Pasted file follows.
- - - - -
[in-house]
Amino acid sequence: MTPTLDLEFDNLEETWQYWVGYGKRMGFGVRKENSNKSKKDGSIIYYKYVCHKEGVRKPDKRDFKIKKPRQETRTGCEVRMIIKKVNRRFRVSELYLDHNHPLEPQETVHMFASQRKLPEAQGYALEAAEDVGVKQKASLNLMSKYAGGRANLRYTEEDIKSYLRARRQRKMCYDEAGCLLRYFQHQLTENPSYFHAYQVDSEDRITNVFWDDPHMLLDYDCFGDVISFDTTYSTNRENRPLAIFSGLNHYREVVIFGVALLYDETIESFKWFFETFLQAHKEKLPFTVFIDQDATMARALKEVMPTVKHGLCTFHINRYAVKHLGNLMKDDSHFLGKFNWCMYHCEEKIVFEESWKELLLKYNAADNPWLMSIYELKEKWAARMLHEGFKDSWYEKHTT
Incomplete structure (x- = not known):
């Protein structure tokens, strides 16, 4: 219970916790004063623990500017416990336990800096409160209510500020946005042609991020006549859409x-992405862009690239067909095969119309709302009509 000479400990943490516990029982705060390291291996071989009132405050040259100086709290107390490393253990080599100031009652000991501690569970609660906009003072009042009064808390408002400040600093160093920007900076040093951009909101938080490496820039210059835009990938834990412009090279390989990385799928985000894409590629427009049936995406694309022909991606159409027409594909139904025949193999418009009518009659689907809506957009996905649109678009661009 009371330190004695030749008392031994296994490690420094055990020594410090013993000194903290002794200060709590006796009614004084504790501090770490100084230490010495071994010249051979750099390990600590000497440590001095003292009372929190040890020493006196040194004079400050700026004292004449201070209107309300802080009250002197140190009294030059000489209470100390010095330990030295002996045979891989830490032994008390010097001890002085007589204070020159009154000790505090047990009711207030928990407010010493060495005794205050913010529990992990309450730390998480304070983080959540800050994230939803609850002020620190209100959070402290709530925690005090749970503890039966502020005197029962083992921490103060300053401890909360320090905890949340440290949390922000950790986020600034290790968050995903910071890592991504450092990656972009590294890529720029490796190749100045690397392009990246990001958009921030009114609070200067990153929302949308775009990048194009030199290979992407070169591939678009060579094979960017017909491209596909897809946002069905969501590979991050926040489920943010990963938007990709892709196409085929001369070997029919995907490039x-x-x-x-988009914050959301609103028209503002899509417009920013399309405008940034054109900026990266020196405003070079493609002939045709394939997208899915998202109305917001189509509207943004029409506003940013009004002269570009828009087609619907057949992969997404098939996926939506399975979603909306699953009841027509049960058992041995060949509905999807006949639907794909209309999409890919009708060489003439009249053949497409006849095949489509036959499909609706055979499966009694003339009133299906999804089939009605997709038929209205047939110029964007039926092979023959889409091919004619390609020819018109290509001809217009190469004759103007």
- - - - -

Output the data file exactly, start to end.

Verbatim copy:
[in-house]
Amino acid sequence: MTPTLDLEFDNLEETWQYWVGYGKRMGFGVRKENSNKSKKDGSIIYYKYVCHKEGVRKPDKRDFKIKKPRQETRTGCEVRMIIKKVNRRFRVSELYLDHNHPLEPQETVHMFASQRKLPEAQGYALEAAEDVGVKQKASLNLMSKYAGGRANLRYTEEDIKSYLRARRQRKMCYDEAGCLLRYFQHQLTENPSYFHAYQVDSEDRITNVFWDDPHMLLDYDCFGDVISFDTTYSTNRENRPLAIFSGLNHYREVVIFGVALLYDETIESFKWFFETFLQAHKEKLPFTVFIDQDATMARALKEVMPTVKHGLCTFHINRYAVKHLGNLMKDDSHFLGKFNWCMYHCEEKIVFEESWKELLLKYNAADNPWLMSIYELKEKWAARMLHEGFKDSWYEKHTT
Incomplete structure (x- = not known):
């Protein structure tokens, strides 16, 4: 219970916790004063623990500017416990336990800096409160209510500020946005042609991020006549859409x-992405862009690239067909095969119309709302009509 000479400990943490516990029982705060390291291996071989009132405050040259100086709290107390490393253990080599100031009652000991501690569970609660906009003072009042009064808390408002400040600093160093920007900076040093951009909101938080490496820039210059835009990938834990412009090279390989990385799928985000894409590629427009049936995406694309022909991606159409027409594909139904025949193999418009009518009659689907809506957009996905649109678009661009 009371330190004695030749008392031994296994490690420094055990020594410090013993000194903290002794200060709590006796009614004084504790501090770490100084230490010495071994010249051979750099390990600590000497440590001095003292009372929190040890020493006196040194004079400050700026004292004449201070209107309300802080009250002197140190009294030059000489209470100390010095330990030295002996045979891989830490032994008390010097001890002085007589204070020159009154000790505090047990009711207030928990407010010493060495005794205050913010529990992990309450730390998480304070983080959540800050994230939803609850002020620190209100959070402290709530925690005090749970503890039966502020005197029962083992921490103060300053401890909360320090905890949340440290949390922000950790986020600034290790968050995903910071890592991504450092990656972009590294890529720029490796190749100045690397392009990246990001958009921030009114609070200067990153929302949308775009990048194009030199290979992407070169591939678009060579094979960017017909491209596909897809946002069905969501590979991050926040489920943010990963938007990709892709196409085929001369070997029919995907490039x-x-x-x-988009914050959301609103028209503002899509417009920013399309405008940034054109900026990266020196405003070079493609002939045709394939997208899915998202109305917001189509509207943004029409506003940013009004002269570009828009087609619907057949992969997404098939996926939506399975979603909306699953009841027509049960058992041995060949509905999807006949639907794909209309999409890919009708060489003439009249053949497409006849095949489509036959499909609706055979499966009694003339009133299906999804089939009605997709038929209205047939110029964007039926092979023959889409091919004619390609020819018109290509001809217009190469004759103007």